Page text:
I’d feel that sway again in the seventh after Paul Lo Duca followed two-out singles and stolen bases by pinch-hitter Michael Tucker and Reyes with a two-RBI single off former Met closer Braden Looper. Those two insurance runs proved to be the difference as Billy Wagner–following 2 1/3 scoreless innings from Chad Bradford, Guillermo Mota and Aaron Heilman–coughed up the only two St. Louis runs of the night in the ninth on a Juan Encarnacion single, a Scott Rolen double, and a two-out, two-RBI pinch-hit double by So Taguchi before finally getting David Eckstein to ground out to send the series to a decisive seventh game to be played in Flushing tonight.
After the Mets tied the series at 2-2, I posted a comment stating that I expected the series to go seven games, but that it looked to me like the Cardinals would ultimately prevail. My reasoning was the Mets’ lack of a viable Game 7 starter. I’m more optimistic now that the seventh game is a reality. Not having to use Darren Oliver since he threw six scoreless innings in relief of soon-to-be ex-Met Steve Trachsel in Game 3 will allow Willie Randolph to have an extra-quick hook with announced Game 7 starter Oliver Perez. Perez didn’t actually pitch all that well in Game 4, but kept the game close long enough for the Mets offense to start raking for what remains the only time this series. Should Perez start to falter tonight, Randolph should have no qualms about going to Oliver early, after which, it will be all-in. Only Wagner threw more than 14 pitches last night, only Bradford and Mota threw in each of the last two games, and of those two Bradford has thrown most combined pitches with a mere 21.
Of course that optimism is all dependent on the Mets breaking through against Jeff Suppan, who held them scoreless on three hits over eight innings in Game 3. But this is Jeff Suppan after all. The Mets had no problem with him back in May, the only other time they faced him this year.
A couple of other notes on attending the game last night:
Maybe I’m just bitter, but there doesn’t seem to be nearly as much negativity among Mets fans as there are among their cross-town counterparts. Even when Billy Wagner pulled his John Wetteland act in the ninth, the stadium got quiet, but no one was ranting or raving about how terrible he was or predicting the imminent demise of their team’s season. Maybe its the difference between the upper deck crowd and the bleacher creacher crowd I’m used to in the Bronx, but I can’t get through a regular season game without hearing countless predictions of failure from the Yankee “faithful” (“their gonna strand these runners” “he’s gonna hit into a double play” “why’d Torre bring him in, he’s gonna blow the lead” “here we go . . .”). Meanwhile, in the Mets first NLCS appearance in six years, down a game and facing elimination, I didn’t hear a single fan get down on the home team. You gotta believe indeed.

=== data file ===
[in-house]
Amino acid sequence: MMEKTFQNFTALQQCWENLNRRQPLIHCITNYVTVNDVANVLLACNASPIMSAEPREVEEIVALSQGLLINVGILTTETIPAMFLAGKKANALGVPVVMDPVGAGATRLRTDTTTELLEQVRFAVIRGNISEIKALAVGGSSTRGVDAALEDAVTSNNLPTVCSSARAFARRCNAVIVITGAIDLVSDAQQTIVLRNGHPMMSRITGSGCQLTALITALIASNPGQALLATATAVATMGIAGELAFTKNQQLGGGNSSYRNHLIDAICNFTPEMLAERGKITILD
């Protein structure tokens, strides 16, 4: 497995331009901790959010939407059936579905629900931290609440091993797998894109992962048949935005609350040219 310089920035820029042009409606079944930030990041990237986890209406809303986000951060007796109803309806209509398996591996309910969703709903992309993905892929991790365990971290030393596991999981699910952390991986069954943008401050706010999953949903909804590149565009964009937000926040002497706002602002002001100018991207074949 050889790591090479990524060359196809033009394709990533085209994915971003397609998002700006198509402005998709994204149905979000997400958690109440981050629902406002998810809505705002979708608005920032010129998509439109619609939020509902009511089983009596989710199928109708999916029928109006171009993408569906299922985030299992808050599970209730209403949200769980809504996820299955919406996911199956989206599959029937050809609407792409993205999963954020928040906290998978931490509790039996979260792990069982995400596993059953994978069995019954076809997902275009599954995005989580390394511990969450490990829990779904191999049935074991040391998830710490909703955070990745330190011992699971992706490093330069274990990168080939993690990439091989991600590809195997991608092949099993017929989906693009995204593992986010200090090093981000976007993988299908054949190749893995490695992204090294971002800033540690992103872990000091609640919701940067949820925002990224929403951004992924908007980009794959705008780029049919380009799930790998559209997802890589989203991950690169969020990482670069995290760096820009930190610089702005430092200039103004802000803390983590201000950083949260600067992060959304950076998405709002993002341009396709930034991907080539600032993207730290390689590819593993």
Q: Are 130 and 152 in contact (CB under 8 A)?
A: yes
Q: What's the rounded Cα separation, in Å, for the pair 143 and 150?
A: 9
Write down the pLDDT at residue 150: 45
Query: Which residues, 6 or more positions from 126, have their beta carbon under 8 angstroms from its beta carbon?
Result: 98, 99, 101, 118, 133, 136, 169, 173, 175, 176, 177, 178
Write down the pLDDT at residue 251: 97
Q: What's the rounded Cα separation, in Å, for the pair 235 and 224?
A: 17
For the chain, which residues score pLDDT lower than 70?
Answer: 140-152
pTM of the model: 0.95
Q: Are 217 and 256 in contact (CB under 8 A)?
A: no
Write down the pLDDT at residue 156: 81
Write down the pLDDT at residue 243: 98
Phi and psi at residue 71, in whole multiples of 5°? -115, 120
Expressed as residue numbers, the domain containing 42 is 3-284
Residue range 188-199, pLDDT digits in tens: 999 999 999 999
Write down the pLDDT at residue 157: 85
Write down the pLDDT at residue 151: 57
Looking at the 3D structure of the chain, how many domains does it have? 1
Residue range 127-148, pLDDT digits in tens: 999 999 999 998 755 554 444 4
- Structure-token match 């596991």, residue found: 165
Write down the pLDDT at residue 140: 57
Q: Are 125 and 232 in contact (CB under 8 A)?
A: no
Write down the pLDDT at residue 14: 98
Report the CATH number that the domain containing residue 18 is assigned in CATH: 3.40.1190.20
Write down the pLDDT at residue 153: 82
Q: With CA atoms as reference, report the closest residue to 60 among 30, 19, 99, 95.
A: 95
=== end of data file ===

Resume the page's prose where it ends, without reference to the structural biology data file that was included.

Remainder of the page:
That said, when the Mets increased their lead to 4-0 in the bottom of the seventh, a good number of fans headed for the exits. These people should be banned from Shea for life. How can you leave Game 6 of the LCS (never mind that its the first one your team has been in in six years) after seven innings with a mere four-run lead and the top of the opposition’s line-up due up in the top of the eighth? That’s mind boggling to me. Another exodus started after Heilman cleared the one-through-four hitters in the Cardinal order in the top of the eighth. I’m sorry, if you’re at Game 6 of the LCS with your team fighting for it’s postseason life, you don’t leave until the last out, never mind the score, but especially when a grand slam could still alter the outcome.
Finally, I’m convinced that the Mets are benefiting from positive sartorial mojo. They’ve worn their alternate black uniform tops just once this postseason, that being in their ugly Game 3 loss in which Trachsel failed to get out of the second inning and the offense was shut out by Suppan and Josh Kinney. Otherwise they’ve stuck to their proper home whites and road greys. Down two games to three with their backs against the wall, what did they wear for Game 6? Pinstripes and all-blue caps, just like it oughta be. They even ditched their two-tone batting helmets for solid blue, and though it was hard to find proof, stuck with blue for their undershirts and socks as well. Kudos to the Metropolitans for that one. Now if only they’d ditch the black drop shadow and those nasty two-tone helmets and alternate unis altogether for 2007. Meanwhile, I’m hoping for those pretty blue caps and pinstripes again tonight, as well as a ballgame that lives up to the tight, well-played contests of the last two nights, regardless of the outcome.
You Gotta Believe.
The first Alex Rodriguez trade rumor has sprouted up, what with Sweet Lou taking over for Dusty Baker in Chicago. Rich Lederer asks some initial questions. Also, while you are there, check out Jeff Albert’s examination of Derek Jeter’s swing.